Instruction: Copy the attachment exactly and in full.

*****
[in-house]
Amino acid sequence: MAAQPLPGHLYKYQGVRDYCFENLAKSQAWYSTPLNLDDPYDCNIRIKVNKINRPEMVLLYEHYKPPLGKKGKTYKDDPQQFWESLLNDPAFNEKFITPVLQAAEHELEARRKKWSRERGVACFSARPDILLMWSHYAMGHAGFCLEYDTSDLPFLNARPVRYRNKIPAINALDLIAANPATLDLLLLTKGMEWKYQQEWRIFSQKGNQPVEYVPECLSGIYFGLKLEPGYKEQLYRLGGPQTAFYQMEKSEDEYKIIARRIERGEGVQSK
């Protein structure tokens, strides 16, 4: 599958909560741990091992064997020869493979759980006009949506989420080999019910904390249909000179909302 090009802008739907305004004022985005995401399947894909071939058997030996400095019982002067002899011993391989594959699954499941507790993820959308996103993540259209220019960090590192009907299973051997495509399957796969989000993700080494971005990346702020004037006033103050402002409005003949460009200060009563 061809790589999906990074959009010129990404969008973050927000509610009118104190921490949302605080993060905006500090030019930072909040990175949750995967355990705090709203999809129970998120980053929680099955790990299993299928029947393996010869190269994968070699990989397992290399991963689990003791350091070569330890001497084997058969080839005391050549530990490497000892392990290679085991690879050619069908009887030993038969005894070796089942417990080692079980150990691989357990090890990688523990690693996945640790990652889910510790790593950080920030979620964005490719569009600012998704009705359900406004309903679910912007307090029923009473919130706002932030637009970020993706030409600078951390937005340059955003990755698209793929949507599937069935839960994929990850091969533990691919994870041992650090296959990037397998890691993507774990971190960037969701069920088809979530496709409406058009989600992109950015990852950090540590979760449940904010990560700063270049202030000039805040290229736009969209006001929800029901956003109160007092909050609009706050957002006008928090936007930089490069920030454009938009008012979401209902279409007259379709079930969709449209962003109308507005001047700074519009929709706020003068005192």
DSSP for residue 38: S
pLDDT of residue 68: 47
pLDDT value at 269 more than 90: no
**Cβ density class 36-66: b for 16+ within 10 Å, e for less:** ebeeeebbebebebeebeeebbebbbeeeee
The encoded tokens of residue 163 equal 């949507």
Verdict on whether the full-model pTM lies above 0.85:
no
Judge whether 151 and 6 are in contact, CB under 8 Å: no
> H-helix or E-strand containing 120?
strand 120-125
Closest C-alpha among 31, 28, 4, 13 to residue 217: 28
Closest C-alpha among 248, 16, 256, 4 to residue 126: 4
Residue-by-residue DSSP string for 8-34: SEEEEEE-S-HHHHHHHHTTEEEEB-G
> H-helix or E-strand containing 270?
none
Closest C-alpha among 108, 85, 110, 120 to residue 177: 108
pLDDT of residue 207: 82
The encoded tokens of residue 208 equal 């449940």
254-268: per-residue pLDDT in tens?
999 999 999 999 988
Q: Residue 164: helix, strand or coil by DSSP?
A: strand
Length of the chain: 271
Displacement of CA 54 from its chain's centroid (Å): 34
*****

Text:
[in-house]
Amino acid sequence: MAAQPLPGHLYKYQGVRDYCFENLAKSQAWYSTPLNLDDPYDCNIRIKVNKINRPEMVLLYEHYKPPLGKKGKTYKDDPQQFWESLLNDPAFNEKFITPVLQAAEHELEARRKKWSRERGVACFSARPDILLMWSHYAMGHAGFCLEYDTSDLPFLNARPVRYRNKIPAINALDLIAANPATLDLLLLTKGMEWKYQQEWRIFSQKGNQPVEYVPECLSGIYFGLKLEPGYKEQLYRLGGPQTAFYQMEKSEDEYKIIARRIERGEGVQSK
């Protein structure tokens, strides 16, 4: 599958909560741990091992064997020869493979759980006009949506989420080999019910904390249909000179909302 090009802008739907305004004022985005995401399947894909071939058997030996400095019982002067002899011993391989594959699954499941507790993820959308996103993540259209220019960090590192009907299973051997495509399957796969989000993700080494971005990346702020004037006033103050402002409005003949460009200060009563 061809790589999906990074959009010129990404969008973050927000509610009118104190921490949302605080993060905006500090030019930072909040990175949750995967355990705090709203999809129970998120980053929680099955790990299993299928029947393996010869190269994968070699990989397992290399991963689990003791350091070569330890001497084997058969080839005391050549530990490497000892392990290679085991690879050619069908009887030993038969005894070796089942417990080692079980150990691989357990090890990688523990690693996945640790990652889910510790790593950080920030979620964005490719569009600012998704009705359900406004309903679910912007307090029923009473919130706002932030637009970020993706030409600078951390937005340059955003990755698209793929949507599937069935839960994929990850091969533990691919994870041992650090296959990037397998890691993507774990971190960037969701069920088809979530496709409406058009989600992109950015990852950090540590979760449940904010990560700063270049202030000039805040290229736009969209006001929800029901956003109160007092909050609009706050957002006008928090936007930089490069920030454009938009008012979401209902279409007259379709079930969709449209962003109308507005001047700074519009929709706020003068005192």
DSSP for residue 38: S
pLDDT of residue 68: 47
pLDDT value at 269 more than 90: no
**Cβ density class 36-66: b for 16+ within 10 Å, e for less:** ebeeeebbebebebeebeeebbebbbeeeee
The encoded tokens of residue 163 equal 């949507």
Verdict on whether the full-model pTM lies above 0.85:
no
Judge whether 151 and 6 are in contact, CB under 8 Å: no
> H-helix or E-strand containing 120?
strand 120-125
Closest C-alpha among 31, 28, 4, 13 to residue 217: 28
Closest C-alpha among 248, 16, 256, 4 to residue 126: 4
Residue-by-residue DSSP string for 8-34: SEEEEEE-S-HHHHHHHHTTEEEEB-G
> H-helix or E-strand containing 270?
none
Closest C-alpha among 108, 85, 110, 120 to residue 177: 108
pLDDT of residue 207: 82
The encoded tokens of residue 208 equal 């449940």
254-268: per-residue pLDDT in tens?
999 999 999 999 988
Q: Residue 164: helix, strand or coil by DSSP?
A: strand
Length of the chain: 271
Displacement of CA 54 from its chain's centroid (Å): 34